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Four good reasons not to watch The Fifth Estate

12 October 2013

9:00 AM

12 October 2013

9:00 AM

The Fifth Estate

15, Nationwide

Just how interesting you find The Fifth Estate may entirely depend on how interested you are in the whistle-blowing site WikiLeaks and its founder Julian Assange, in the first instance. This does not do what Senna did, for example, or what The Social Network did, and grip you in the places you didn’t know you could be gripped with a subject matter you’d no idea could be gripping. It’s not like that and I’ll tell you for why, in bullet points, because I’m just in a bullet-y mood today, and if you don’t use your bullet points — we are all allocated a certain amount at birth — they will start to atrophy and rot. So here we are:

* This isn’t dramatically exciting as so much of the action happens in the form of men with worried brows tapping away on laptops, or wandering around airports, and watching someone wander around an airport is like wandering around an airport yourself; so mind-killingly boring you actually think it might be a good idea to buy a Mont Blanc pen, or even pay £10 to enter a competition and probably not win a sports car.

* It assumes knowledge, particularly technical knowledge — what are these ‘servers’ they speak of? Why are they critical? — then attempts to rectify this by inserting clunky chunks of exposition that will lose you anyhow.

* It never conveys why, if we are not much interested, we should be interested, or why any of this should exercise us as it does the Guardian, which gets very exercised indeed.


* Benedict Cumberbatch’s performance as Assange is obviously the highlight, but he can’t hold this together as a ‘performance film’ in the way Meryl Streep held together The Iron Lady, or Colin Firth held together The King’s Speech, because Assange remains opaque, and we don’t learn anything about him beyond what we know already, which is that he is the sort of person who falls out with everybody and will one day probably fall out with himself. (He’ll stop taking his own calls, although if he were to visit himself in the Ecuadorian embassy, how he will pretend to be out I just don’t know.)

Daniel BrühlJulian Assange (Cumberbatch) and Daniel Berg (Bruhl)

Now I’ve used my bullets, which is good — I think they were right on the verge of rotting — I’ll go back to normal. OK, so this tries to tell the WikiLeaks story through Assange’s relationship with Daniel Berg (Daniel Brühl), his right-hand man in the run-up to the 2010 release of the ‘Iraq war logs’. Daniel is a programmer who first meets Assange at a hacker conference, and Daniel is in thrall. He believes in Assange as a great political activist, and also believes he sits atop a vast team of volunteers sifting through information when the truth is, as he later discovers, it’s just Julian with different email addresses (cheeky!). Those in the know say Cumberbatch’s performance captures the physical Assange perfectly — his creepiness, the tongue lolling, his twitchiness, his way of appraising every room as if he owns it — but the film fails to get a handle on him as a personality, or offer any kind of insight into what his true motivation might be. There are occasional glimpses into his background — his weird upbringing; the fact he has a son — but it’s always too little, too late, and clumsy. Plus the script contains lines like: ‘He [Assange] has to reveal secrets because he has so many of his own…’ Really. It does.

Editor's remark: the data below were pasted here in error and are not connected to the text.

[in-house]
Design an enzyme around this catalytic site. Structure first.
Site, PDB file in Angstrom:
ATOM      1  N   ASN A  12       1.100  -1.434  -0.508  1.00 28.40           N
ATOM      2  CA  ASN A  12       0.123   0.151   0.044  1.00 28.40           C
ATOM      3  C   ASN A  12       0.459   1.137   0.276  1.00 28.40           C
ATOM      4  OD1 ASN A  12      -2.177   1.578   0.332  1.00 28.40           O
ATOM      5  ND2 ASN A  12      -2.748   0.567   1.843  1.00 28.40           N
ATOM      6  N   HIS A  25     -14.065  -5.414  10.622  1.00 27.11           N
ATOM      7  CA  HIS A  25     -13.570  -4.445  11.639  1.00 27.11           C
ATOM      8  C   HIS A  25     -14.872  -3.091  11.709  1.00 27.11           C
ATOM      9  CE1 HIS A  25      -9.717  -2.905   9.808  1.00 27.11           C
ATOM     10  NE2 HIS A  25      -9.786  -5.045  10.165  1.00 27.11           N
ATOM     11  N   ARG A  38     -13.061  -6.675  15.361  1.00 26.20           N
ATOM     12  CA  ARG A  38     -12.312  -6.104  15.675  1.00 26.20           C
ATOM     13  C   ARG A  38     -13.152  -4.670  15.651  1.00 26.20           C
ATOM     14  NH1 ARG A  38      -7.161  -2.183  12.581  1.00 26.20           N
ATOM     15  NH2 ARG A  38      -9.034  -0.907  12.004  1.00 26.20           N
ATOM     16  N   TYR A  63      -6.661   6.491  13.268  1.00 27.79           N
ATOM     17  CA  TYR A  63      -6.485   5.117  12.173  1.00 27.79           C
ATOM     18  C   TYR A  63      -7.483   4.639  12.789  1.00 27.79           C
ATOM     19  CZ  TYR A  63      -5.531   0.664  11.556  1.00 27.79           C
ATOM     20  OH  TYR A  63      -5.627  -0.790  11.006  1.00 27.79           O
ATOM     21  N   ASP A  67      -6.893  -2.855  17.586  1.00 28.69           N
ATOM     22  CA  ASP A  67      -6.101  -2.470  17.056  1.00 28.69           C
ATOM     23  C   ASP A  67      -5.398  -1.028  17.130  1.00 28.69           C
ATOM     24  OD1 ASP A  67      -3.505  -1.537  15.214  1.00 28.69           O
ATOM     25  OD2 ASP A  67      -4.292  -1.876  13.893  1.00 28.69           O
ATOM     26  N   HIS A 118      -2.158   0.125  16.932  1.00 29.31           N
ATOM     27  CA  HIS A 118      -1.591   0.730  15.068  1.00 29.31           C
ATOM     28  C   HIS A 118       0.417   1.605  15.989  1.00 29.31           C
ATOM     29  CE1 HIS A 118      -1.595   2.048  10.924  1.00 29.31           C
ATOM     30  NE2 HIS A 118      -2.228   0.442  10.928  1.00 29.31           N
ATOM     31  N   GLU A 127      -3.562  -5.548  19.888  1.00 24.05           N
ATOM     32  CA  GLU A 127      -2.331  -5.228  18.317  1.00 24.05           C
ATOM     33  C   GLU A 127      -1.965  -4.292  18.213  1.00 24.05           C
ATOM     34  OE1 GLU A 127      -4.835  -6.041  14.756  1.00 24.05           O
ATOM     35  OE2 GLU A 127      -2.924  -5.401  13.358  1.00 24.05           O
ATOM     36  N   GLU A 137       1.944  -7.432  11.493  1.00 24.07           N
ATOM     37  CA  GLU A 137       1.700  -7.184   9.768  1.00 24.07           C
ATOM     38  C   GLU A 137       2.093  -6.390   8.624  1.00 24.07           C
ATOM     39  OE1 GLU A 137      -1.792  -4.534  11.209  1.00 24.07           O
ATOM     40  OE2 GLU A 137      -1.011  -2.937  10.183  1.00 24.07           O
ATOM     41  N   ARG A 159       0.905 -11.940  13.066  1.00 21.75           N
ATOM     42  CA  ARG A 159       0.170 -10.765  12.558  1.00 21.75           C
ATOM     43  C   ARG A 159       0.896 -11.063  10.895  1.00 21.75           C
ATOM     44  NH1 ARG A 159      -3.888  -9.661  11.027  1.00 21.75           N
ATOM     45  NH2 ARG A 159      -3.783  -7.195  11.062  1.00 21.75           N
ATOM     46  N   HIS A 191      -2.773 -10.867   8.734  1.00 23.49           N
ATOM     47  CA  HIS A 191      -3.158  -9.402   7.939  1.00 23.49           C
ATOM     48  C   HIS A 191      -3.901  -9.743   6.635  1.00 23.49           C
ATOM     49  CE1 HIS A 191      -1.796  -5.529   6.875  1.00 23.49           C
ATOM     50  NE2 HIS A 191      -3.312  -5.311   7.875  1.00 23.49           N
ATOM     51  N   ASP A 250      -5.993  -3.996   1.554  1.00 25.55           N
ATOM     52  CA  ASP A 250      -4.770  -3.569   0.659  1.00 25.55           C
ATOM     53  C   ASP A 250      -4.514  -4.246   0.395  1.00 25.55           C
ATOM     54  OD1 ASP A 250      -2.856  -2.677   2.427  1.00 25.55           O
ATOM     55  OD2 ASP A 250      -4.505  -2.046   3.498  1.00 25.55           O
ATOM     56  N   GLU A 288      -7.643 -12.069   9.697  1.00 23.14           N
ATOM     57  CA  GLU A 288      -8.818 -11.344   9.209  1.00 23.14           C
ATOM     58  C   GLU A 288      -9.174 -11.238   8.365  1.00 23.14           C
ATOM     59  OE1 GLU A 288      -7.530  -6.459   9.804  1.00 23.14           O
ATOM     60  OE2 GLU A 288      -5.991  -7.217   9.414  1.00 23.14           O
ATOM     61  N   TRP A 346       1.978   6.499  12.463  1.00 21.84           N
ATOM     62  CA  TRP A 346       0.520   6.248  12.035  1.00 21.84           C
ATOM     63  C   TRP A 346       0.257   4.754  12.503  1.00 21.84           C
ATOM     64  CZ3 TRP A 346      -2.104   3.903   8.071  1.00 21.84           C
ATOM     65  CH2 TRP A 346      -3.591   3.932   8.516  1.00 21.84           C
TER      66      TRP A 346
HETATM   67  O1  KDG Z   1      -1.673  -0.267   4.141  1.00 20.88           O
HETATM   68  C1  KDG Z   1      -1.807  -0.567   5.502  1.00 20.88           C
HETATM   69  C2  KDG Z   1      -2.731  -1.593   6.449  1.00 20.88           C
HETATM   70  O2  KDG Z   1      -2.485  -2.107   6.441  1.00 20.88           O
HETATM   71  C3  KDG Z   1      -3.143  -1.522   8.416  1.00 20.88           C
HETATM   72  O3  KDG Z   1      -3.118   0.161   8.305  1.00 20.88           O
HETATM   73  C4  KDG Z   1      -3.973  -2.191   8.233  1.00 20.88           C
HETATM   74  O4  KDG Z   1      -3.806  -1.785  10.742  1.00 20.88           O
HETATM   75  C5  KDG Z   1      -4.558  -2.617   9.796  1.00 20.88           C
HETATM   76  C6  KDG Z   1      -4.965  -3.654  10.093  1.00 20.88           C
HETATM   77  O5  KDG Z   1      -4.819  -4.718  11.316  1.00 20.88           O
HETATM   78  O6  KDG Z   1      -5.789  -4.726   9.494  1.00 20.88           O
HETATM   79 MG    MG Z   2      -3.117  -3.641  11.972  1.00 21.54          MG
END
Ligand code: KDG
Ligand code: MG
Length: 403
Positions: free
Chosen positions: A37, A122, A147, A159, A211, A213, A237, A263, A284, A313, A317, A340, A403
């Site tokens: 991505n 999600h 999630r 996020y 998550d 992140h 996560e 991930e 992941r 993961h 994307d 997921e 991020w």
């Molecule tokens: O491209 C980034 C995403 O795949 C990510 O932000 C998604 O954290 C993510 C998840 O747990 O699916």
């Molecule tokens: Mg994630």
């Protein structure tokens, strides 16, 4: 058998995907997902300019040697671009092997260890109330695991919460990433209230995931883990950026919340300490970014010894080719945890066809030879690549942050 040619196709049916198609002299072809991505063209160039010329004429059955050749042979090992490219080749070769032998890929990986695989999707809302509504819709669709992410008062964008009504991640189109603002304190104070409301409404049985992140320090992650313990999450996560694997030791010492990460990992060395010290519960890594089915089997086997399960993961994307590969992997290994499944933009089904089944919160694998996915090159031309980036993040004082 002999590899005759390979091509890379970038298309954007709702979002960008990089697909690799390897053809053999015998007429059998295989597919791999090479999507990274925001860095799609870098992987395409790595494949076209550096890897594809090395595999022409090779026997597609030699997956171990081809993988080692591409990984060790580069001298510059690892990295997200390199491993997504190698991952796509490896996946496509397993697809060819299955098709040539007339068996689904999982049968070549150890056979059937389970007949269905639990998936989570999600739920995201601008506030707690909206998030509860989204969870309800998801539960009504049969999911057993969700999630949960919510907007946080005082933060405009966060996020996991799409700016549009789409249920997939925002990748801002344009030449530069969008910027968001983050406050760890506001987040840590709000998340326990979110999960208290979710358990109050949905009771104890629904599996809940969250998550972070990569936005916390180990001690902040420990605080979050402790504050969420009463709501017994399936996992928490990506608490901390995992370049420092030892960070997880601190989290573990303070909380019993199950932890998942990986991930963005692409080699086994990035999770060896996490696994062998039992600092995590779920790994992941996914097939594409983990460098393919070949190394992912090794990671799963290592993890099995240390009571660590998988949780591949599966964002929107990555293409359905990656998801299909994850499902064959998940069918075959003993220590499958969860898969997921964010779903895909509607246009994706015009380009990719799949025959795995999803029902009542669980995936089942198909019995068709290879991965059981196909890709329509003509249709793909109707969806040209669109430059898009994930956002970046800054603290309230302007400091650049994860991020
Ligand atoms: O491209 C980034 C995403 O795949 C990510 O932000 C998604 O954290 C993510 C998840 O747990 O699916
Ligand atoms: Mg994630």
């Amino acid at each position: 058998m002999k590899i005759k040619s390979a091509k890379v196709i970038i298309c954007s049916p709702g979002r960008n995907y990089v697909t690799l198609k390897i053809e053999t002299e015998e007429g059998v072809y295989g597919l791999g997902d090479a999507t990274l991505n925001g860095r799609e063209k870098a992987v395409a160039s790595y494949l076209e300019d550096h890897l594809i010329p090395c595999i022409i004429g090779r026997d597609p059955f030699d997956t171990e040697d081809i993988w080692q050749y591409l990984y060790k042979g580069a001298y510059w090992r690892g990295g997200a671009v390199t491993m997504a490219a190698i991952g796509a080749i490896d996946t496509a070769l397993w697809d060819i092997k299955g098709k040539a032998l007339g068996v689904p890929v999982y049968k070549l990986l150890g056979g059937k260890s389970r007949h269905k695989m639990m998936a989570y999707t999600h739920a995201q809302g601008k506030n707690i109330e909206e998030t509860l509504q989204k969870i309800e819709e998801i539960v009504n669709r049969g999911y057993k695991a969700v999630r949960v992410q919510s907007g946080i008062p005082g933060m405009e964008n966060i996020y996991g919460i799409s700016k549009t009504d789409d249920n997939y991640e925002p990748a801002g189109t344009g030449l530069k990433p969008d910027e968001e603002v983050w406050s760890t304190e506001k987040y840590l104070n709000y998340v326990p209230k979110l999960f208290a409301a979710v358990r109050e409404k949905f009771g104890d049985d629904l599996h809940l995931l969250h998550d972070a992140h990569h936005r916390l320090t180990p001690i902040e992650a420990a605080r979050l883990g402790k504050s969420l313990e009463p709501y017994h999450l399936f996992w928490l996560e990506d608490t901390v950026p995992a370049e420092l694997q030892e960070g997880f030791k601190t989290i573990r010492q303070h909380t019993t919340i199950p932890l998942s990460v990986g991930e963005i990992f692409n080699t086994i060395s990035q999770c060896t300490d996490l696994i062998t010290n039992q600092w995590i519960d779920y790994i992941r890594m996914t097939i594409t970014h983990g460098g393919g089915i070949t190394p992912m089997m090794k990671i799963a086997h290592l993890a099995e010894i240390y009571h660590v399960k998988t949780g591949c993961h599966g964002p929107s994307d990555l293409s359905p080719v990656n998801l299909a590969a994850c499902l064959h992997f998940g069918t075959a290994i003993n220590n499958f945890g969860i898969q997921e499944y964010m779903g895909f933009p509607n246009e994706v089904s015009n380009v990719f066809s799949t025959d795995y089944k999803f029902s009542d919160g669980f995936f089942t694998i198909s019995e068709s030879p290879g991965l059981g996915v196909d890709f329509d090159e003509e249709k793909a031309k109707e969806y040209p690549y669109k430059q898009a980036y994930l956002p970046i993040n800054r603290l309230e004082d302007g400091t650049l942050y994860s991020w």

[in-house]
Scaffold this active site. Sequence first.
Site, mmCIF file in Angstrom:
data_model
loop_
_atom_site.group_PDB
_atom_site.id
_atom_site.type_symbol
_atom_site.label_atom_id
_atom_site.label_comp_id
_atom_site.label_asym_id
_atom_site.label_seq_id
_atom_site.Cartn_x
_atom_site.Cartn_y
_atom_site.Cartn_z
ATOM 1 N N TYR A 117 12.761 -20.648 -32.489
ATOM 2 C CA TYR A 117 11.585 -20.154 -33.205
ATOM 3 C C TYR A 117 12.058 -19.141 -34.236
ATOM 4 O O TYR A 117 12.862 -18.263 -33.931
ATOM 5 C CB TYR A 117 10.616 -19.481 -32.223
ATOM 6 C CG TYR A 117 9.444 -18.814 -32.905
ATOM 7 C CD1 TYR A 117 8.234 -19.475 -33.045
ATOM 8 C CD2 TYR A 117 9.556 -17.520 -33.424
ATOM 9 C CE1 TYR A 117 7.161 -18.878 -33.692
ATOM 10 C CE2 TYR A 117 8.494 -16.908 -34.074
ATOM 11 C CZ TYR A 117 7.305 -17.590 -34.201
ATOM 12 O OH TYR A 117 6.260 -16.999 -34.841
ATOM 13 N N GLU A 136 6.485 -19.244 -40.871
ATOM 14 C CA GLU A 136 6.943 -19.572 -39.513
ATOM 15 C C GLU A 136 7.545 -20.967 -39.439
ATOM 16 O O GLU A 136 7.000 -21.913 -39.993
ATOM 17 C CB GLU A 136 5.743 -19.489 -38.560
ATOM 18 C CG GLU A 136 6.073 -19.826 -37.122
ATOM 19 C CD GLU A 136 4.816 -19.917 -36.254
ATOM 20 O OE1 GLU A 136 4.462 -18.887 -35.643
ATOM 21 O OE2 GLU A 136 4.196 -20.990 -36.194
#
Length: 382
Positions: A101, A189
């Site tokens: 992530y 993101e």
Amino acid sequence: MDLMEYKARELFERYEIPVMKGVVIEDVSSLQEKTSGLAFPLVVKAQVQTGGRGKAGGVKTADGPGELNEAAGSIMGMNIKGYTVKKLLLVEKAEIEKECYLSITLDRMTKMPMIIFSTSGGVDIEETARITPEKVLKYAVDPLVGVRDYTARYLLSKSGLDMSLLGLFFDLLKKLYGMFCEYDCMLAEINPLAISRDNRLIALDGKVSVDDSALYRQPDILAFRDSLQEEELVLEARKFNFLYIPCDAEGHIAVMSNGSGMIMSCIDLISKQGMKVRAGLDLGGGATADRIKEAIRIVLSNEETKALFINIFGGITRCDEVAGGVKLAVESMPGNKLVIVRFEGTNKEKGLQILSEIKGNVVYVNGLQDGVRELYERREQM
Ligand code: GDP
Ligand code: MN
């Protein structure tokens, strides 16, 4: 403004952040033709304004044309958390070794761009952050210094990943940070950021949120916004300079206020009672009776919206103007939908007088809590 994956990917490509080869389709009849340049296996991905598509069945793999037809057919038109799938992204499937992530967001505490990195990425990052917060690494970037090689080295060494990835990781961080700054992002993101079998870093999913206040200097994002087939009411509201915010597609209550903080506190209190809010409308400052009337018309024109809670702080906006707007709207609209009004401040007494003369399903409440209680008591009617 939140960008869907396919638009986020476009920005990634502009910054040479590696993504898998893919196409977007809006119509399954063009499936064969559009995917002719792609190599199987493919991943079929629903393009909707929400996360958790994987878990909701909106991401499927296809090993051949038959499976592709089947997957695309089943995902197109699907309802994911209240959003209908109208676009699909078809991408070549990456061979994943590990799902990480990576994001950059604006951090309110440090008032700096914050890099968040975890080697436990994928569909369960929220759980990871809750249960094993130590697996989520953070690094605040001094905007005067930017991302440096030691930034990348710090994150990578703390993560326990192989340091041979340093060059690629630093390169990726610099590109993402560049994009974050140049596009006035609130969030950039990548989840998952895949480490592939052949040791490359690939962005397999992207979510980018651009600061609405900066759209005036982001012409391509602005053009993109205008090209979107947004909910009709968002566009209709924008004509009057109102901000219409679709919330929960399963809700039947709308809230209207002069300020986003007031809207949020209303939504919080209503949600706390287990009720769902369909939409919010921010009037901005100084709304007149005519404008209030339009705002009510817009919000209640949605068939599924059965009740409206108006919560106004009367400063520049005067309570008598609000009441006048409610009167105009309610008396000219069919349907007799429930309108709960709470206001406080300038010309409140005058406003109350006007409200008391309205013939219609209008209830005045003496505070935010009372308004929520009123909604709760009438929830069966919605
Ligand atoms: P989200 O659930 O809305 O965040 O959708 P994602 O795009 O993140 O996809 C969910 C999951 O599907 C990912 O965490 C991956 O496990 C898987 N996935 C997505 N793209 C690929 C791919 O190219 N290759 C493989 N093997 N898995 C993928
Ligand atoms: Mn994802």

THE FIFTH ESTATEGuardian journalists Ian Katz (Dan Stevens) and Alan Rusbridger (Peter Capaldi)

As directed by Bill Condon, there are whizzy visuals showing the frantic spread of information in the internet age, but, still, it is all horribly inert. It comes in at two hours and at the halfway mark, when Daniel still hadn’t done anything bar tap away at his laptop while ignoring his girlfriend (Alicia Vikander, in a deeply thankless role), I wanted to get a broom handle or something and just thrash the whole thing into some kind of life. Maybe it’s because the screenplay never takes a position, so there is no sense of a journey, or even much clarity, and as to Assange’s relationship with the press, and who used whom, I’m also none the wiser. Still, the casting of Guardian journalists makes for some amusing fun, with Dan Stevens playing Ian Katz, then the Guardian’s deputy editor and now editor of Newsnight, and whom I have never met, but wish I had, as he must be a total dish. For all I know, it may even be that Dan Stevens is not hot enough!

So, a film which fails to get a grip on its own source materials, ironically enough, and probably fails to lead us through all the moral complexities, particularly when it comes to protecting whistle-blowers at the expense of those named in documents. But, not a total waste of time, as I did get to ditch quite a few bullets, which is always a relief. Phew.


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